Linear Programming

  • Jonathan F. Bard
Part of the Nonconvex Optimization and Its Applications book series (NOIA, volume 30)


In general, constrained optimization problems can be written as
$$\min \left\{ {f\left( x \right):h\left( x \right) = 0,g\left( x \right)0} \right\}$$
where xR n , f : R n R 1, h : R n R m and g : R n R q . The simplest form of this problem is realized when the functions f(x), h(x) and g(x) are all linear in x. The resulting model is known as a linear program (LP) and plays a central role in virtually every branch of optimization. Many real situations can be formulated or approximated as LPs, optimal solutions are relatively easy to calculate, and computer codes for solving very large instances consisting of millions of variables and tens of thousands of constraints are commercially available. Another attractive feature of linear programs is that various subsidiary questions related, for example, to the sensitivity of the optimal solution to changes in the data and the inclusion of additional variables and constraints can be analyzed with little effort.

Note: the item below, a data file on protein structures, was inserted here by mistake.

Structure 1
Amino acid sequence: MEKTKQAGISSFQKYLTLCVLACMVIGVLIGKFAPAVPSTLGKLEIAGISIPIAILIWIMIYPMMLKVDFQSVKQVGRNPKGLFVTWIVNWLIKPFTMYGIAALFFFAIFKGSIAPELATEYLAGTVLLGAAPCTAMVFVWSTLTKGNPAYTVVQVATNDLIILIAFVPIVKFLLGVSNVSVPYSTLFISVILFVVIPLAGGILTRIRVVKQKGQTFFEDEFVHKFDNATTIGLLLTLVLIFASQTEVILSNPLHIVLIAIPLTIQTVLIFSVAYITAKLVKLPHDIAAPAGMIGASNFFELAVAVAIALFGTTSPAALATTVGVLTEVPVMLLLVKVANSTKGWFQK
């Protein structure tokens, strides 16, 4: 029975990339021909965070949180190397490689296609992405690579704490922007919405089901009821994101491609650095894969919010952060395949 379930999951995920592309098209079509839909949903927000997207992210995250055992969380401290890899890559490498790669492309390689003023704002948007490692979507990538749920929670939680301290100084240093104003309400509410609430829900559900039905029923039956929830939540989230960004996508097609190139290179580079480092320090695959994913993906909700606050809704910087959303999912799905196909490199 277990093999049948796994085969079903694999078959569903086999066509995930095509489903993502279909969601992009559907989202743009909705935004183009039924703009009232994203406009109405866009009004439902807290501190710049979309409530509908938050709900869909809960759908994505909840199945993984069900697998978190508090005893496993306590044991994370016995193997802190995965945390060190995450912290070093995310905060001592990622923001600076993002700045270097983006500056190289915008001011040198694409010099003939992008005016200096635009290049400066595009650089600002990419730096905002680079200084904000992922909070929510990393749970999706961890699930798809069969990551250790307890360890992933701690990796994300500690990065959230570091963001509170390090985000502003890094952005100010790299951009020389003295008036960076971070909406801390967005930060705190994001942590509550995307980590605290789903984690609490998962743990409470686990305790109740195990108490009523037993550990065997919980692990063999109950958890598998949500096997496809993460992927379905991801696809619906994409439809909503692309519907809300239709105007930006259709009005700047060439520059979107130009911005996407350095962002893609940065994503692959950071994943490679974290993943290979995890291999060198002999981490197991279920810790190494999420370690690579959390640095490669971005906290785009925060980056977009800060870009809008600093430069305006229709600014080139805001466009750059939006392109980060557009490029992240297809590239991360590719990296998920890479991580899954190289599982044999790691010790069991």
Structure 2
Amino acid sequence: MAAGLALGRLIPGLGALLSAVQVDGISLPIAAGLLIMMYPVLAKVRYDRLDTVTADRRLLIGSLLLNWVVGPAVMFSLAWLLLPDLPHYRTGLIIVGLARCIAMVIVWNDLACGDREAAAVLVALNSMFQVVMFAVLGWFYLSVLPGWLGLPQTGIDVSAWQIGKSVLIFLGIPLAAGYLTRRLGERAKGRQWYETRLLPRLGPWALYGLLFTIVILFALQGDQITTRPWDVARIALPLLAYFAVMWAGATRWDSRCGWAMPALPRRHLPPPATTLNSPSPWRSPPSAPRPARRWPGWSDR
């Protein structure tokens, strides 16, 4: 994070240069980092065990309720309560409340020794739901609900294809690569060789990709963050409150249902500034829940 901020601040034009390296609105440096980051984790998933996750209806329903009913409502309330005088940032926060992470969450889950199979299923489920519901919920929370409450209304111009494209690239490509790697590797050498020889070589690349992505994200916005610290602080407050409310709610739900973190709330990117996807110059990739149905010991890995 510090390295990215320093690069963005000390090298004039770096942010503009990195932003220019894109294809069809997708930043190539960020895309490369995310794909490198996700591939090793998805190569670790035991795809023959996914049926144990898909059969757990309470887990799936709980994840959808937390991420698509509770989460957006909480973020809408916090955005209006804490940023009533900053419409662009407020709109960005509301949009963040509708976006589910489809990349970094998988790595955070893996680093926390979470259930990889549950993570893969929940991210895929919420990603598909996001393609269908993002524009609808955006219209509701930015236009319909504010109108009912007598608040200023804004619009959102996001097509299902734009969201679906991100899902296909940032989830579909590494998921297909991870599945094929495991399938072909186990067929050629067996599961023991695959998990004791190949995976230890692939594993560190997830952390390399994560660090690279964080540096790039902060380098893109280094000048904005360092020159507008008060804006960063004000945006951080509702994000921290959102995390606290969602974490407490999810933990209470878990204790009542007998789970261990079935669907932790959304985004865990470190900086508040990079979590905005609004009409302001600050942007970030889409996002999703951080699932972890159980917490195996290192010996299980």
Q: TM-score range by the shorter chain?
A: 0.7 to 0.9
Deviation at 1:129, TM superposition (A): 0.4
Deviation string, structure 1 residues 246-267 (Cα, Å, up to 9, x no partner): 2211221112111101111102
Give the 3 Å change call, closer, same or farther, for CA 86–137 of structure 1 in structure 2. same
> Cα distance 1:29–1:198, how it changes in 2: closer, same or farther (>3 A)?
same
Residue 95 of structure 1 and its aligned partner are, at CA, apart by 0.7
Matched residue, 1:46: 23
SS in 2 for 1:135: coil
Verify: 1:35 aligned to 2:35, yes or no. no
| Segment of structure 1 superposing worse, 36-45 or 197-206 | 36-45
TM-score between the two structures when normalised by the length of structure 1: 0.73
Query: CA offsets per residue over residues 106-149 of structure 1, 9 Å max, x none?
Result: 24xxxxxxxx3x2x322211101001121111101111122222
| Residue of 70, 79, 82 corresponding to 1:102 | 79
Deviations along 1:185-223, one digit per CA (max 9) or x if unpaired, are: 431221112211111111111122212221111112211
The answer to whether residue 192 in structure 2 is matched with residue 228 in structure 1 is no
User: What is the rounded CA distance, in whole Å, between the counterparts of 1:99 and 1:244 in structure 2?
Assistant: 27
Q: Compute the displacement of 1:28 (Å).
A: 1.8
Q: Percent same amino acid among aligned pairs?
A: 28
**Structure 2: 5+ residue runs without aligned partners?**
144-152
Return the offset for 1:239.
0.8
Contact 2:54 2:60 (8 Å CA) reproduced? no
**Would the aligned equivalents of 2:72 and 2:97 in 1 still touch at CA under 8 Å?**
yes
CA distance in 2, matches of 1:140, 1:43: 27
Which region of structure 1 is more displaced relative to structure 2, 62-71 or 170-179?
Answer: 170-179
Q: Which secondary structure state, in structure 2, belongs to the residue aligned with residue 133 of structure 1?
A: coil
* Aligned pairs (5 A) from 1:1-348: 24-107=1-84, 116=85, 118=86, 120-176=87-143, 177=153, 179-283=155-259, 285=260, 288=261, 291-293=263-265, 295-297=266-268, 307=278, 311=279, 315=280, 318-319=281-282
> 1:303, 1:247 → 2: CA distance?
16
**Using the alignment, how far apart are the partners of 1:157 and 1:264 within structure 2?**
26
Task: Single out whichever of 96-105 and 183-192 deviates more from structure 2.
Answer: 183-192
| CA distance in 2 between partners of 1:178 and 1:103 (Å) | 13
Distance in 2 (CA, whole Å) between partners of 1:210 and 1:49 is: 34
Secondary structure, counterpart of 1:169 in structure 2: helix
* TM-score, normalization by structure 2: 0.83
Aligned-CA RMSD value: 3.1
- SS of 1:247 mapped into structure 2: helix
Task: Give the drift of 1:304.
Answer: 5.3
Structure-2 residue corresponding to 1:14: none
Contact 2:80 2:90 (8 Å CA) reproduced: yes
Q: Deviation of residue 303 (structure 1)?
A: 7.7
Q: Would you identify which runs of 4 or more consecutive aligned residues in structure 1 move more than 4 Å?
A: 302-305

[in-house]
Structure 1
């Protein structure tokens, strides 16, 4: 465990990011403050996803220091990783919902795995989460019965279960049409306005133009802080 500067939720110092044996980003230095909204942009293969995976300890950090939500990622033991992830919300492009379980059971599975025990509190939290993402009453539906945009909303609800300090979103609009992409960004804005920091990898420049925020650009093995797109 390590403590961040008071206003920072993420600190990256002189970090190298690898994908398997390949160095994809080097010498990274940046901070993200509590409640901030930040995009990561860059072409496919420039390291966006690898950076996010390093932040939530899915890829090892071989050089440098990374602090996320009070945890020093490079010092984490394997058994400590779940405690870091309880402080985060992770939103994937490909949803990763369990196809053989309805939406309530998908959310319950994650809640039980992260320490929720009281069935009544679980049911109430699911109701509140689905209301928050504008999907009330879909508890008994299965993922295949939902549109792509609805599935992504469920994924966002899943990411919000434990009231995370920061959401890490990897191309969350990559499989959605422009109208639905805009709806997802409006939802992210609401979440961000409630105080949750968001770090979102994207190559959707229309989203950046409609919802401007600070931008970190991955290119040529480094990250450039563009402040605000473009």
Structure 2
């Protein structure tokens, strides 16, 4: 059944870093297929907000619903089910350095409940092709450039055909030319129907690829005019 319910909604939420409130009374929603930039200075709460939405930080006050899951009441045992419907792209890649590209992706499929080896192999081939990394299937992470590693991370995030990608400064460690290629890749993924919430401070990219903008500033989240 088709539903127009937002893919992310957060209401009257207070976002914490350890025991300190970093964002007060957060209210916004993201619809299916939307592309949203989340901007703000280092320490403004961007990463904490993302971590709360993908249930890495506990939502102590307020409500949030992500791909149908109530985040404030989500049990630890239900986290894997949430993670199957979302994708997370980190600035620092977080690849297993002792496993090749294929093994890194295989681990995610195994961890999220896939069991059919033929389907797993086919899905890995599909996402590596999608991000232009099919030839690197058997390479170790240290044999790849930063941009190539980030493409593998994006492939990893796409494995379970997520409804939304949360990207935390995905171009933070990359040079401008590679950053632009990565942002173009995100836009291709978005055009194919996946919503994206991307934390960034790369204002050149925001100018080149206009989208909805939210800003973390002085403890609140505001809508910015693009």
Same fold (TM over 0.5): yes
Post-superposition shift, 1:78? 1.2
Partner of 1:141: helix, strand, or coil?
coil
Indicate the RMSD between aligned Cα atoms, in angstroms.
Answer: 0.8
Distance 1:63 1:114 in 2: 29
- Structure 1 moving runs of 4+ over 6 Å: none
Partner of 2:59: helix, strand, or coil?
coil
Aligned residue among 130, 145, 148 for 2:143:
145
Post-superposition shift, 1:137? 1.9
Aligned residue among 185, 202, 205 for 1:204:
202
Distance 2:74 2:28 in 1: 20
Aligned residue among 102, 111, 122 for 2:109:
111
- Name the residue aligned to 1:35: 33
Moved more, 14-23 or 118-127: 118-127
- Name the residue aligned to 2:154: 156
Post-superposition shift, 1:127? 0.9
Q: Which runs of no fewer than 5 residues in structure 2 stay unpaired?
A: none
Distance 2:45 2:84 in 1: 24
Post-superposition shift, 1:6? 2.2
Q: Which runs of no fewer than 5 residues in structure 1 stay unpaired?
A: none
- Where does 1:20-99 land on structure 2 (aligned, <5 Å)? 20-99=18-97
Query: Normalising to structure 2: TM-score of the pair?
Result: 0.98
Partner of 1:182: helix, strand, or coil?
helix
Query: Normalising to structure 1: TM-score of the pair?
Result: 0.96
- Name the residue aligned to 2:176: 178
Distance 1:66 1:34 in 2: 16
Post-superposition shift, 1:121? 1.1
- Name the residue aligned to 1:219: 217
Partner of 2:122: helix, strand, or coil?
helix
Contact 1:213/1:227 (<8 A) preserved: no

Feasible Solution Extreme Point Simplex Method Slack Variable Simplex Algorithm 
These keywords were added by machine and not by the authors. This process is experimental and the keywords may be updated as the learning algorithm improves.


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Copyright information

© Springer Science+Business Media Dordrecht 1998

Authors and Affiliations

  • Jonathan F. Bard
    • 1
  1. 1.Graduate Program in Operations Research, Department of Mechanical EngineeringThe University of TexasAustinUSA

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